Polk County residents asked to be on lookout for woodrats

Published 8:00 am Friday, January 4, 2019

In a joint effort to expand the knowledge and understanding of the flora and fauna of Polk County, Conserving Carolina and botanist/ecologist David Campbell are asking for the public’s help in locating this month’s “Polk County’s Most Wanted — Animal,” Southern Appalachian eastern woodrat (Neotoma floridana haematoreia) or “packrat.”

In North Carolina, woodrats can be found in the southeastern portion of the state, along the coast, as well as in the southwestern portion of the state, in the mountains. The distribution of woodrats in the midlands and upper piedmont, however, is not well understood.

Woodrats use a wide variety of habitats, particularly rocky areas in deciduous, mixed or pine forests. They can be found in forests that are dry, such as rocky outcrops on steep slopes, or in mesic (moist) areas, including coves, bottomlands and swamps. They also occur in old fields and clear cuts.

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Woodrats are opportunistic and forage on berries, stems, buds, leaves, seeds, fruit, bark, fungi, insects, acorns and other nuts.

When looking for woodrats, there are two obvious items that will indicate their presence: large bulky nests and latrines.

Nests are built inside a large “house” constructed of sticks, leaves, branches and scavenged litter, hence the nickname “packrats.” The nest structures are often located in or under rock outcroppings, in large cavity trees, in large slash piles or in abandoned buildings.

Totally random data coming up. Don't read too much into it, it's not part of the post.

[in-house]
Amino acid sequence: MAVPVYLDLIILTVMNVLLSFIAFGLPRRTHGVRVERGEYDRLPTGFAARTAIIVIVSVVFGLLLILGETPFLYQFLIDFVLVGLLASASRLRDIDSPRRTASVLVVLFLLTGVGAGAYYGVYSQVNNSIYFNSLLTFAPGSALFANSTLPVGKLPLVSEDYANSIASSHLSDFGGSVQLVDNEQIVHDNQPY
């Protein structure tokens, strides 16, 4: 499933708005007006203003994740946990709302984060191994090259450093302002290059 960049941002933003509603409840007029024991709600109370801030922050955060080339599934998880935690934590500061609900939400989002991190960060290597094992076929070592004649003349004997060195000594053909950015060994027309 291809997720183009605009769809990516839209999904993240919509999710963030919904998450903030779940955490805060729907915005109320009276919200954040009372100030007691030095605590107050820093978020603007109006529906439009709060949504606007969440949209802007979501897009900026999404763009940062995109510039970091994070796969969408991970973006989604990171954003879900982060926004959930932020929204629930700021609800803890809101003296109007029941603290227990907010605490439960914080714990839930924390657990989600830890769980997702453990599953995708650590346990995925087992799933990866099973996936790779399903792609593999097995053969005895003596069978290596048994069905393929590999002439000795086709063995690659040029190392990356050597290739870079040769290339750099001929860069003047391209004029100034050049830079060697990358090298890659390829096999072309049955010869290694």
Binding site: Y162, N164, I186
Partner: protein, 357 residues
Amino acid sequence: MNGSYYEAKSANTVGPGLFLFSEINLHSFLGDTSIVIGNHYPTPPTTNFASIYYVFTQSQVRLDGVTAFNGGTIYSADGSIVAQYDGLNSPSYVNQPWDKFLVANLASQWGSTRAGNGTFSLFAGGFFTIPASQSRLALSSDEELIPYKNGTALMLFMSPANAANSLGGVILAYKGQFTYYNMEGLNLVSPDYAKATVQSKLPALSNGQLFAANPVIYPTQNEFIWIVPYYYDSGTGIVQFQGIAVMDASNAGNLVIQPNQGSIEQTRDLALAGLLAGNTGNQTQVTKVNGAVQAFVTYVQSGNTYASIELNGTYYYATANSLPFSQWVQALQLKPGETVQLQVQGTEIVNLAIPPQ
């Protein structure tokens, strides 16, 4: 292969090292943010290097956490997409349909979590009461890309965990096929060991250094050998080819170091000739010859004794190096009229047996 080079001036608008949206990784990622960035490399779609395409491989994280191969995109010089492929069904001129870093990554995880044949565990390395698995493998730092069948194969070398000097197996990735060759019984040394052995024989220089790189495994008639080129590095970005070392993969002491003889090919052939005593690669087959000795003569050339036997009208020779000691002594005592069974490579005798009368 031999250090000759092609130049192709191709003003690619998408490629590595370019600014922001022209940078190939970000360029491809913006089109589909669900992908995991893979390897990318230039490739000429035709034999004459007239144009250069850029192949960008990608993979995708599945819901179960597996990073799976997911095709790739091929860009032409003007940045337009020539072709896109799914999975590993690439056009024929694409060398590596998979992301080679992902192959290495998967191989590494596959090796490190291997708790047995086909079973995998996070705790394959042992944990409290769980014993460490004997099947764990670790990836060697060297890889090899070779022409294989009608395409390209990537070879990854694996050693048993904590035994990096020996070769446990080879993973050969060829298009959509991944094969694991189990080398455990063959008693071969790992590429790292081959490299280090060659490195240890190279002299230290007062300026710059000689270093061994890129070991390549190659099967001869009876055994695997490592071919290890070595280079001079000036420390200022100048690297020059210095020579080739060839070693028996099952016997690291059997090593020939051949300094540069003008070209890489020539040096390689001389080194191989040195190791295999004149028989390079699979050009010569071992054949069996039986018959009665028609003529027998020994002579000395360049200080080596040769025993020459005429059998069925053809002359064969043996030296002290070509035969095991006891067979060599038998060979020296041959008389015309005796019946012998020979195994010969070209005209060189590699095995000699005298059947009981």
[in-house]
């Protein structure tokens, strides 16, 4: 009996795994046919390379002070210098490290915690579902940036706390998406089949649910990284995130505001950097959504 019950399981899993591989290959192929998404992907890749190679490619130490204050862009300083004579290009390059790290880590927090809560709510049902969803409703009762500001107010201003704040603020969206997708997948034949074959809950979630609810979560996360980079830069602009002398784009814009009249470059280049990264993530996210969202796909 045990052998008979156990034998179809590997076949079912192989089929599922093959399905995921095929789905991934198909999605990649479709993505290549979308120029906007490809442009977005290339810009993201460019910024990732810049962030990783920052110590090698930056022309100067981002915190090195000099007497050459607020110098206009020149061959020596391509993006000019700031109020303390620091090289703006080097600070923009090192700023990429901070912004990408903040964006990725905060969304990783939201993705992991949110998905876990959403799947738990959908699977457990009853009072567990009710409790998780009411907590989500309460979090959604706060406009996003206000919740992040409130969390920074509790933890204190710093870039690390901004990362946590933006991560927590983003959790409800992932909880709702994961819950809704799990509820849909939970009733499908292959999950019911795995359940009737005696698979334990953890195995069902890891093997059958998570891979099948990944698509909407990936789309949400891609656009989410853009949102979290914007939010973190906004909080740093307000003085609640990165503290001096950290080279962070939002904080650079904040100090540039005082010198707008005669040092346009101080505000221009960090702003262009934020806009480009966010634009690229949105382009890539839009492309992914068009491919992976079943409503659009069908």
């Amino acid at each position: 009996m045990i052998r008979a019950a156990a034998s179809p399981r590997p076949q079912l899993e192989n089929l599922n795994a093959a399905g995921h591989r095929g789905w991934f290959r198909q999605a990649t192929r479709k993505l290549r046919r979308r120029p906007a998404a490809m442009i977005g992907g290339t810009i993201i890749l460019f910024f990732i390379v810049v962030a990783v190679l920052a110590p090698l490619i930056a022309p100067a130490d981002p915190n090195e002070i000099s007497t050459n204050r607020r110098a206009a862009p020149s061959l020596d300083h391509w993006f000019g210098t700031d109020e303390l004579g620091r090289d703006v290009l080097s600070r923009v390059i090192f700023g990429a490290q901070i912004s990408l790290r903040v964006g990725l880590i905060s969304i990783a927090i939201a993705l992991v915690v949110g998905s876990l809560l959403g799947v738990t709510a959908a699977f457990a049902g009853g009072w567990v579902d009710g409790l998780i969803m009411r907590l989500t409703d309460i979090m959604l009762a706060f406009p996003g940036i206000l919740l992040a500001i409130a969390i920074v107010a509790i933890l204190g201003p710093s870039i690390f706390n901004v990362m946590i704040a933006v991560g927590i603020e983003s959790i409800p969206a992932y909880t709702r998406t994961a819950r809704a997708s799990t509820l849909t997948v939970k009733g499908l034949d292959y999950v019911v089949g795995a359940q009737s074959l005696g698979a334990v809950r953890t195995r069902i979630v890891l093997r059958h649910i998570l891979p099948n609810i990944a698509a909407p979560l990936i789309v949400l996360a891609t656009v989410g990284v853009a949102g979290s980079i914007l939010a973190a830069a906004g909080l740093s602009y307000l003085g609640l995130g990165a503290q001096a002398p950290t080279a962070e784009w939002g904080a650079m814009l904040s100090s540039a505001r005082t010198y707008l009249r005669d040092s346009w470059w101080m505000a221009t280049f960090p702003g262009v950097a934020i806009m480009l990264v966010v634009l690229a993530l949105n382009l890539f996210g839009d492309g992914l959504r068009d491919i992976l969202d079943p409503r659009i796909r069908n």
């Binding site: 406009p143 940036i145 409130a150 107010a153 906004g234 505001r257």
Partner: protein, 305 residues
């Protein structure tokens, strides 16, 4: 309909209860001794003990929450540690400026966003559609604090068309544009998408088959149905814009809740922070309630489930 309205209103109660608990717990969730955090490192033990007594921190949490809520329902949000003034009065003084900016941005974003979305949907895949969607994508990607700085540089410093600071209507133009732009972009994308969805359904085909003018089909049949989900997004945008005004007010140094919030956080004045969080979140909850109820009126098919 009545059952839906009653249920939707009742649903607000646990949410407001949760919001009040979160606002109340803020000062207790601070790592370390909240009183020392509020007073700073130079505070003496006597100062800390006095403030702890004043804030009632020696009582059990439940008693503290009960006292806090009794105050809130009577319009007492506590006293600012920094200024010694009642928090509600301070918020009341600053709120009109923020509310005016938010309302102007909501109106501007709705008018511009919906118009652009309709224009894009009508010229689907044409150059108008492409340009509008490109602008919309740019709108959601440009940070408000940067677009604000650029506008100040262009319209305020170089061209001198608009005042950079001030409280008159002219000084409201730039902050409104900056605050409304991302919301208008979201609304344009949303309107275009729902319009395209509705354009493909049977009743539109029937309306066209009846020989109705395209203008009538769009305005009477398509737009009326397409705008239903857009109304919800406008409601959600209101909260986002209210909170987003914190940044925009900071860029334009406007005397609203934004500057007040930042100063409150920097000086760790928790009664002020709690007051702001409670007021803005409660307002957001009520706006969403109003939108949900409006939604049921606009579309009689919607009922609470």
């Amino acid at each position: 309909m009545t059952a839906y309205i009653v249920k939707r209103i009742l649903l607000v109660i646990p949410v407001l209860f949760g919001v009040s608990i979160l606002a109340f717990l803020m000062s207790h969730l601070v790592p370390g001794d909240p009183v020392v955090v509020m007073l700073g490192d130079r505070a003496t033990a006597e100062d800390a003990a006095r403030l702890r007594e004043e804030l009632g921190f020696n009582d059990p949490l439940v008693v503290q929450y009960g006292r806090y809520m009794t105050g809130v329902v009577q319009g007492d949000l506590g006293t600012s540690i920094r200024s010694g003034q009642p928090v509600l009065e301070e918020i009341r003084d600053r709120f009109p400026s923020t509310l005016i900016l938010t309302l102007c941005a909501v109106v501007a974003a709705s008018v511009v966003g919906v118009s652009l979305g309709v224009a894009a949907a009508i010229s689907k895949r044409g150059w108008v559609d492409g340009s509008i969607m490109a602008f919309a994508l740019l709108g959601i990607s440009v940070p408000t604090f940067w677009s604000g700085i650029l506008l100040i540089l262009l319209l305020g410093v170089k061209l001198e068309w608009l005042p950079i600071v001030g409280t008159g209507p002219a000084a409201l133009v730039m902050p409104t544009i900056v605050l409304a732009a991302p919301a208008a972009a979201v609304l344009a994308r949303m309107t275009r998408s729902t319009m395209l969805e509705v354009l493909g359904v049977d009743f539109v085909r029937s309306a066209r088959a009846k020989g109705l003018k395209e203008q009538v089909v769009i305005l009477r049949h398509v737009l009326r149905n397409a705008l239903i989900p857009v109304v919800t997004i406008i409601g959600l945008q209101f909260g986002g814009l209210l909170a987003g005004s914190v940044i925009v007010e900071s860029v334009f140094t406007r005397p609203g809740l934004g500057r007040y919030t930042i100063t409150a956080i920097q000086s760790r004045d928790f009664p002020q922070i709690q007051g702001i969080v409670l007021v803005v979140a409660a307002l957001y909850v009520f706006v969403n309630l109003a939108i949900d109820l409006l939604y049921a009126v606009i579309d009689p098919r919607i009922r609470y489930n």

Latrines are often found on a rock ledge, where large piles of droppings accumulate.

The eastern woodrat has gray-brown or rusty brown fur on the back, a white belly and white paws. There is also a bit of white on the underside of the jaw.

The tail is covered with short fur and is nearly as long as the body. Woodrats have long whiskers and large ears that are furless. They also have relatively large eyes and rather blunt snouts.

Males are slightly larger than females.

In North Carolina, the status of this species is Watch Category 2, a species that is rare to uncommon in North Carolina but not considered to be declining or otherwise in trouble. There are records of Southern Appalachian eastern woodrat from Polk County, as well as counties surrounding Polk.

Those who think they have seen eastern woodrats in Polk County can send photos, questions or comments to Pam Torlina at Conserving Carolina by phone at 828-697-5777, ext. 300, or email at pam@conservingcarolina.org, so the agency can document the animal’s occurrence in Polk County.

Those interested in learning more about the “Polk County’s Most Wanted” project may visit conservingcarolina.org/polk-most-wanted.

– Submitted by Pam Torlina